2013 Golden Globes: Predictions and Proclamations
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Tomorrow night, the Hollywood Foreign Press will honor the year’s best in film and TV at the 70th Annual Golden Globes. To get you prepared for the upcoming ceremony, we’re posting our own predictions and proclamations, taking a look at who will win, who should win and who got snubbed.
Don’t forget to join us back here tomorrow night at 8 p.m. EST as we liveblog the show, keeping you informed of all the winners and commenting on all the broadcast’s highlights (of which, considering this year’s hosts are Tina Fey and Amy Poehler, there are sure to be many).
Best Motion Picture, Drama
Nominated: Argo, Django Unchained, Life of Pi, Lincoln, Zero Dark Thirty
Who Will WIn: Lincoln
There’s been awards buzz surrounding Lincoln for far longer than it’s been out in theaters; as soon as word that Daniel Day-Lewis was cast in the Steven Spielberg project, it was pretty much a done deal. Day-Lewis and Spielberg are both awards show darlings, and when you throw in a few other themes that frequently get rewarded at shows like these (biopics, Civil War drama), it seems like Lincoln will be the one to beat.
Who Should Win: Life of Pi
Life of Pi deserves praise for its restraint as much as its visual opulence. Ang Lee has created a truly adult adventure, not because the material is salacious or violent, but because it deals with complex themes of spirituality and self-discovery in the guise of an accessible and engrossing fantasy. The film tells us there are no easy answers for Pi, or for anyone, but luckily the road to finding them can be spectacularly entertaining.—Dan Kaufman
Who Got Snubbed: Beasts of the Southern Wild
While the Oscars gave Beasts of the Southern Wild nominations in many major categories, the magical indie received no love from the Golden Globes. Benh Zeitlin created one of the most beautiful films of 2012, one with an emotional brilliance lacking in any of the Golden Globes’ drama nominees.—Ross Bonaime
Best Actress in a Motion Picture, Drama
Nominated: Jessica Chastain (Zero Dark Thirty), Marion Cotillard (Rust and Bone), Helen Mirren (Hitchcock), Naomi Watts (The Impossible), Rachel Weisz (The Deep Blue Sea)
Who Will Win: Marion Cotillard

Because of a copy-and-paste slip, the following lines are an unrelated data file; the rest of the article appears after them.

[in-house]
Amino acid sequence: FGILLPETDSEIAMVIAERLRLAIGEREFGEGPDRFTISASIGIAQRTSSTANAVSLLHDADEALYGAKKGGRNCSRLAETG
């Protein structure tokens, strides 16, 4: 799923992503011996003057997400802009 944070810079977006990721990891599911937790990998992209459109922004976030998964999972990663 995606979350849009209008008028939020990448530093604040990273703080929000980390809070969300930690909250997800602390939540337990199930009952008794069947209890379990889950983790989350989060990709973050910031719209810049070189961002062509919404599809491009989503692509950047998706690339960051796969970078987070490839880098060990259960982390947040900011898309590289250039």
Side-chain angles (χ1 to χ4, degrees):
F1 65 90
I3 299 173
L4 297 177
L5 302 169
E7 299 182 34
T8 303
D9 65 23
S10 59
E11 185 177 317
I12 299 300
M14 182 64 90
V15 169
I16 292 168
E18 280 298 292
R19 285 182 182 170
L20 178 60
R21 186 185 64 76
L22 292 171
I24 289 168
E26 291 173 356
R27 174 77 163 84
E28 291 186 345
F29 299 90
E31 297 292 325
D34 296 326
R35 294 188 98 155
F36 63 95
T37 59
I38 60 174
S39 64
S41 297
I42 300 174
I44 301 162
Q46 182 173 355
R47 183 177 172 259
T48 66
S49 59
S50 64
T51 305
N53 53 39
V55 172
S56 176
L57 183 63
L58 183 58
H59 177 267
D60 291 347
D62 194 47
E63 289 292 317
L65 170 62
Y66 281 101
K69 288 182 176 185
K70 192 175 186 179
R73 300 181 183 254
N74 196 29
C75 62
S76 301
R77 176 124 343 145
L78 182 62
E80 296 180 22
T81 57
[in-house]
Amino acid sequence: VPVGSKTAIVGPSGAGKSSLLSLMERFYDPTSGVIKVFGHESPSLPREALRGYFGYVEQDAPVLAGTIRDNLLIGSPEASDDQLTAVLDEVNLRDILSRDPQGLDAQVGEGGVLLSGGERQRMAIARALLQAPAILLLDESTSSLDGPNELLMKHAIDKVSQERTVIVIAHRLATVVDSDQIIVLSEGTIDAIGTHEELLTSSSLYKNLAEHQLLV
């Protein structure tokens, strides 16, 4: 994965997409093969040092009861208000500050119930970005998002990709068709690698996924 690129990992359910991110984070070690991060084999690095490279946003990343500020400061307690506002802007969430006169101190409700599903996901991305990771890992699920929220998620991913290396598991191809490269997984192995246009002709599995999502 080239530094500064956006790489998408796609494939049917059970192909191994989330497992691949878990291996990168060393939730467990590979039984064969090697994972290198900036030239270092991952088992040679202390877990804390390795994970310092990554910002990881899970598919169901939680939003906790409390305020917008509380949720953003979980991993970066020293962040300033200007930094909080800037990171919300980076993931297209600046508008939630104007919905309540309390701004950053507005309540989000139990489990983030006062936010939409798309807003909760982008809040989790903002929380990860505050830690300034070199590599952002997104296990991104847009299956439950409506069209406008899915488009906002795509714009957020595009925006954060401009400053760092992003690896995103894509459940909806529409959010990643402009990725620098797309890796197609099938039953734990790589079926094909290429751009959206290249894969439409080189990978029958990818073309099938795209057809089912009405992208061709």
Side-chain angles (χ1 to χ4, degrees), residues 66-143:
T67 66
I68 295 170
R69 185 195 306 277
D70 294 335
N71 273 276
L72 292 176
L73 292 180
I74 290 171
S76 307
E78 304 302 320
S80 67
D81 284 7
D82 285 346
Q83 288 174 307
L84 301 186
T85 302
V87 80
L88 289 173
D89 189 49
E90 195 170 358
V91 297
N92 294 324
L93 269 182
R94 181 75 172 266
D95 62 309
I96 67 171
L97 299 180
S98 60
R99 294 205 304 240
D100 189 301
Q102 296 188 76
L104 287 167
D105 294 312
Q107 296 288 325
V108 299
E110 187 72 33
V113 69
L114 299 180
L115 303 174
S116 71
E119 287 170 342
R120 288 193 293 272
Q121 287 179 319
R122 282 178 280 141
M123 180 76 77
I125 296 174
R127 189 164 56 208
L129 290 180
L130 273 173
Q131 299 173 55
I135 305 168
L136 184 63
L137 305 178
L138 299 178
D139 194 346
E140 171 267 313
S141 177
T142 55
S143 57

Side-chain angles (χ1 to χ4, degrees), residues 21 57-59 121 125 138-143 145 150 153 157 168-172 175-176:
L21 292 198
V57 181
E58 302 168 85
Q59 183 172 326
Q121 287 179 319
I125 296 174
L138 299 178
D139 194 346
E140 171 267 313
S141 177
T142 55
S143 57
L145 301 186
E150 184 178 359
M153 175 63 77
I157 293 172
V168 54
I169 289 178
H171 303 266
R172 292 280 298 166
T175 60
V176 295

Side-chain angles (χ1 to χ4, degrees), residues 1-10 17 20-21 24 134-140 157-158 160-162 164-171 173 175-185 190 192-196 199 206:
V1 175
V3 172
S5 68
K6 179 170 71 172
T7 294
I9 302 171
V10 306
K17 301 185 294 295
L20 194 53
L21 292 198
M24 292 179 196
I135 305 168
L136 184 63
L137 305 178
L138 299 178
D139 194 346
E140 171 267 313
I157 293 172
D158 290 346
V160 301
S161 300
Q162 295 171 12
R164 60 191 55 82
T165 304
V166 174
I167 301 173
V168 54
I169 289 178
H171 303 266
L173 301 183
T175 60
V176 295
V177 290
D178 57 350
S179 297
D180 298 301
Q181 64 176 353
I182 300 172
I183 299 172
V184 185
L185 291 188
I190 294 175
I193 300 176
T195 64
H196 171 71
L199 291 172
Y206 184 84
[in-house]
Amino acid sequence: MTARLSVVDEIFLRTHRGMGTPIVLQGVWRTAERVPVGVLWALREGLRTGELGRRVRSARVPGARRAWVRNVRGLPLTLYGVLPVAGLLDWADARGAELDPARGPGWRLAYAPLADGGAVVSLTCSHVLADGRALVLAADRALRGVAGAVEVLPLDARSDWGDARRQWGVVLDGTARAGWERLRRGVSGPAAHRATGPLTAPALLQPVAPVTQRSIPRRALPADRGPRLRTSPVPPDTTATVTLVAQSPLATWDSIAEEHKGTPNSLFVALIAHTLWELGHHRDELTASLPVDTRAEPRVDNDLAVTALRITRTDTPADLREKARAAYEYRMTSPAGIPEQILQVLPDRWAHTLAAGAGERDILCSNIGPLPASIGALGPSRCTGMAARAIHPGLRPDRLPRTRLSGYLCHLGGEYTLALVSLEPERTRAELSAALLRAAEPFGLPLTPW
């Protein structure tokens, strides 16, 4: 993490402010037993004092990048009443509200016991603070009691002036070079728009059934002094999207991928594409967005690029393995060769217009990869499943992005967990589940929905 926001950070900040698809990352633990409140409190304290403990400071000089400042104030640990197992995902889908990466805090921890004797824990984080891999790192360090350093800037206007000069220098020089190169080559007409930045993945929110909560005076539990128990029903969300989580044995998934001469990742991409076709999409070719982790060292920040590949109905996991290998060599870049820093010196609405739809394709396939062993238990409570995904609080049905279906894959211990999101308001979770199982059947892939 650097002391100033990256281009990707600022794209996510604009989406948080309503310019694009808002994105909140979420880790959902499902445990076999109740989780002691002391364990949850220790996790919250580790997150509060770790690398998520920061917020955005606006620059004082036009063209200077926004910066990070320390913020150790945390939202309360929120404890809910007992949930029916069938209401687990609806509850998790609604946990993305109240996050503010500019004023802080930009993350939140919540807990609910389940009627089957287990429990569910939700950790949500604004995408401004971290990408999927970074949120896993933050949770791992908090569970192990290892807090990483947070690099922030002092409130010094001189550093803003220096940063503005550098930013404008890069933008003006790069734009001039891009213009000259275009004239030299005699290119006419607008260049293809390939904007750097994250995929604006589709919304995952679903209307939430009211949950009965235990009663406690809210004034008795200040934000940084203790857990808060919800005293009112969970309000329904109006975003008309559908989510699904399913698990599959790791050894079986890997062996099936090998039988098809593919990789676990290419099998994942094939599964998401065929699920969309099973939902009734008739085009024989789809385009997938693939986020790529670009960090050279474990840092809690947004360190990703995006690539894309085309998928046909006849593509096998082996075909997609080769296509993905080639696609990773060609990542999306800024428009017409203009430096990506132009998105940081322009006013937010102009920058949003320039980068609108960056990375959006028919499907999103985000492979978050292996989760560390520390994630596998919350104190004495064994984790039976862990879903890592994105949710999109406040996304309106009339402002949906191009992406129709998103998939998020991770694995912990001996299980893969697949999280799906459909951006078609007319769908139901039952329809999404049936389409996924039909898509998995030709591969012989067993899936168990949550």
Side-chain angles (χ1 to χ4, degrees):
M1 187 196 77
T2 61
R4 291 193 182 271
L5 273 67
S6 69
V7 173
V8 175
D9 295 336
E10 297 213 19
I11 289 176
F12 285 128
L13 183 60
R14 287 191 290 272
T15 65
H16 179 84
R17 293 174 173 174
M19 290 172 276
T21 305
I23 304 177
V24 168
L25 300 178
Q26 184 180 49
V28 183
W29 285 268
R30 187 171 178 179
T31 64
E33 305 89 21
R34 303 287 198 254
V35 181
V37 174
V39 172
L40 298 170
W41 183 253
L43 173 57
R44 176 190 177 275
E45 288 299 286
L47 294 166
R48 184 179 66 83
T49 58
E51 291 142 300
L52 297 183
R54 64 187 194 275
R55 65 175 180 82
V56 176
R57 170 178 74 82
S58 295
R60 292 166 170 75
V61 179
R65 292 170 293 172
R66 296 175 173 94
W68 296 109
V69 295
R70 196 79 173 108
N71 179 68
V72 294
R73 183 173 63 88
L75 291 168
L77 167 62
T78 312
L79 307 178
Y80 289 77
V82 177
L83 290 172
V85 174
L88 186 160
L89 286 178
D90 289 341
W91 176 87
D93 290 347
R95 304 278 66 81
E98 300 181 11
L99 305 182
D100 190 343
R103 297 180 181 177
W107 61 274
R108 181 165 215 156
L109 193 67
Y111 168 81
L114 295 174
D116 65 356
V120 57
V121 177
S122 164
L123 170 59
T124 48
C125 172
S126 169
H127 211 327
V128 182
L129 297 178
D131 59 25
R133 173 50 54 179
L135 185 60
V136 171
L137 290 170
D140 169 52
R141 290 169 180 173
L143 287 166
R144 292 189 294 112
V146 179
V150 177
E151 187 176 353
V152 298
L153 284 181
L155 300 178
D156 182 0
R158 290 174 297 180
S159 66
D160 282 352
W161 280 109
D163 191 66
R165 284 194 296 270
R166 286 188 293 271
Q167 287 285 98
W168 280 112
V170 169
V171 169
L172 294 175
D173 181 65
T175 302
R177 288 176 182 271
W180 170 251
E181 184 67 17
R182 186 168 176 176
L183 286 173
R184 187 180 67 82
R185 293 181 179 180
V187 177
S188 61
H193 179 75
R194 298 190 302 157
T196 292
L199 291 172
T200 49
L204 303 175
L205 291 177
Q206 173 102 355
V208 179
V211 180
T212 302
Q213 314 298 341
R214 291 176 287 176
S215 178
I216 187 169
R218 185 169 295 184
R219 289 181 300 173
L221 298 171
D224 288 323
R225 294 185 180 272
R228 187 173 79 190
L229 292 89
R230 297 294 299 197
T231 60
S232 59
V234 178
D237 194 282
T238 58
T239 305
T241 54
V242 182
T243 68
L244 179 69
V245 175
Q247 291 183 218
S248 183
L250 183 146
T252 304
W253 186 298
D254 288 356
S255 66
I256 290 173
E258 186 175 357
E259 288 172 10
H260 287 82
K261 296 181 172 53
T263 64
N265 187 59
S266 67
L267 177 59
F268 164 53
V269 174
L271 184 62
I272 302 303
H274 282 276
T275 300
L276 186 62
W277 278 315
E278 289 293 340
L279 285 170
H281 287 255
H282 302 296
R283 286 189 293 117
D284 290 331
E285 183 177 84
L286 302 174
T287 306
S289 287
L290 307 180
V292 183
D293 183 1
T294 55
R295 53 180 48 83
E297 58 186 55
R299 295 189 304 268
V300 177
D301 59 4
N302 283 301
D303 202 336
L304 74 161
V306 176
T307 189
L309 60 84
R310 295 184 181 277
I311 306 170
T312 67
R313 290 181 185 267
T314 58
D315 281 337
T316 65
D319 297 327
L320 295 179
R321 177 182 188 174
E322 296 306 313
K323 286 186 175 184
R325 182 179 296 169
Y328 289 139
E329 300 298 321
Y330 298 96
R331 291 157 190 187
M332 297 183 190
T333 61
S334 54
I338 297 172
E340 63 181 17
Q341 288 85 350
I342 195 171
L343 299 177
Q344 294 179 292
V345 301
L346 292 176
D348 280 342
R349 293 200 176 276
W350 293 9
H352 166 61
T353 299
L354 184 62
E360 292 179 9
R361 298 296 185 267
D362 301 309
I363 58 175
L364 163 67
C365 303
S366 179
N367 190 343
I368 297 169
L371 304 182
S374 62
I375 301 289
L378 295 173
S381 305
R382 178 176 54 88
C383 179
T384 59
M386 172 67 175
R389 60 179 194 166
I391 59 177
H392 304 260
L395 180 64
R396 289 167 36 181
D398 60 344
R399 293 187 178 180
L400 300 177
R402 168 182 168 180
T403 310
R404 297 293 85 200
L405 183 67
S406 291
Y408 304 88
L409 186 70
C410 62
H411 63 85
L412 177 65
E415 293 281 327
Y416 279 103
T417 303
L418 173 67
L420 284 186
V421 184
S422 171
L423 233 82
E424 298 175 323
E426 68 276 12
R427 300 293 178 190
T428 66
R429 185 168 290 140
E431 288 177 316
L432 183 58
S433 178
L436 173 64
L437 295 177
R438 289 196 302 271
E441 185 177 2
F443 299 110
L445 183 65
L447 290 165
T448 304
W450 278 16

Actors and actresses frequently get rewarded for playing against type, and as Shannon M. Houston noted in our review of Rust and Bone, the movie features Cotillard as we’ve never seen her before: “Stéphanie is introduced as a bloodied club-goer, recently punched in the face during a brawl. She is dressed in all black and gets called a slut for the better part of her opening scene. Suffice it to say, this is not the vision of Cotillard to which viewers have grown accustomed.”
Who Should Win: Jessica Chastain
Chastain takes on the deceptively difficult job of being the focal point in a film with dozens of speaking roles, and a final act that barely includes her. As Maya, she is classic female-American spunk, undeterred by her gender, her job or the bureaucracy that put her there. Like many strong female characters, Maya can appeal to viewers of both genders. When she does blow her stack at a superior, or curses in front of the CIA director, it’s with a fire that feels both hearty and exhausted, Chastain playing her traditional Hollywood moments for all they’re worth.—Norm Schrager
Who Got Snubbed: Emmanuelle Riva (Amour)
Acting performances featuring a character losing his mind—due to age, disease or other malady—are nearly always overrated; they’re much simpler than they appear. Riva’s beautiful and chilling portrayal of a woman slipping away into that dark night is definitely an exception. It’s elegantly understated and heartbreaking.—Michael Dunaway
Who Will Win: Daniel Day-Lewis
As soon as Daniel Day-Lewis stepped into the role of Lincoln, it seemed like the question wouldn’t be whether or not he’d rake in a bunch of awards, but rather whether or not his performance would live up to the hype and be deserving of the accolades. Thankfully, it does (see below).
Who Should Win: Daniel Day-Lewis
In the role of the 16th president, Daniel Day-Lewis delivers one of the best performances in a career already full of stellar turns. Given his devotion to the Method and his intense concentration as an artist, Day-Lewis could have easily created a tremendous caricature of Lincoln that would have worked quite well. Instead, he demonstrates masterful restraint, presenting a simple, subtle take on the former president, as if he had spent years shadowing Lincoln instead of years reading books about him. Day-Lewis’ Lincoln is sad, quiet, wise, hopeful and surprisingly witty.—David Roark
Who Got Snubbed: Jean-Louis Trintignant (Amour)
Possibly the best male performance of the year came from a man who first won the Best Actor award at Cannes 43 years ago, beating out Easy Rider‘s Peter Fonda. Trintignant actually starred in three Cannes films that year. His character in Amour isn’t always noble or even always sympathetic, but it’s a supremely human—and heartbreaking—performance.—Michael Dunaway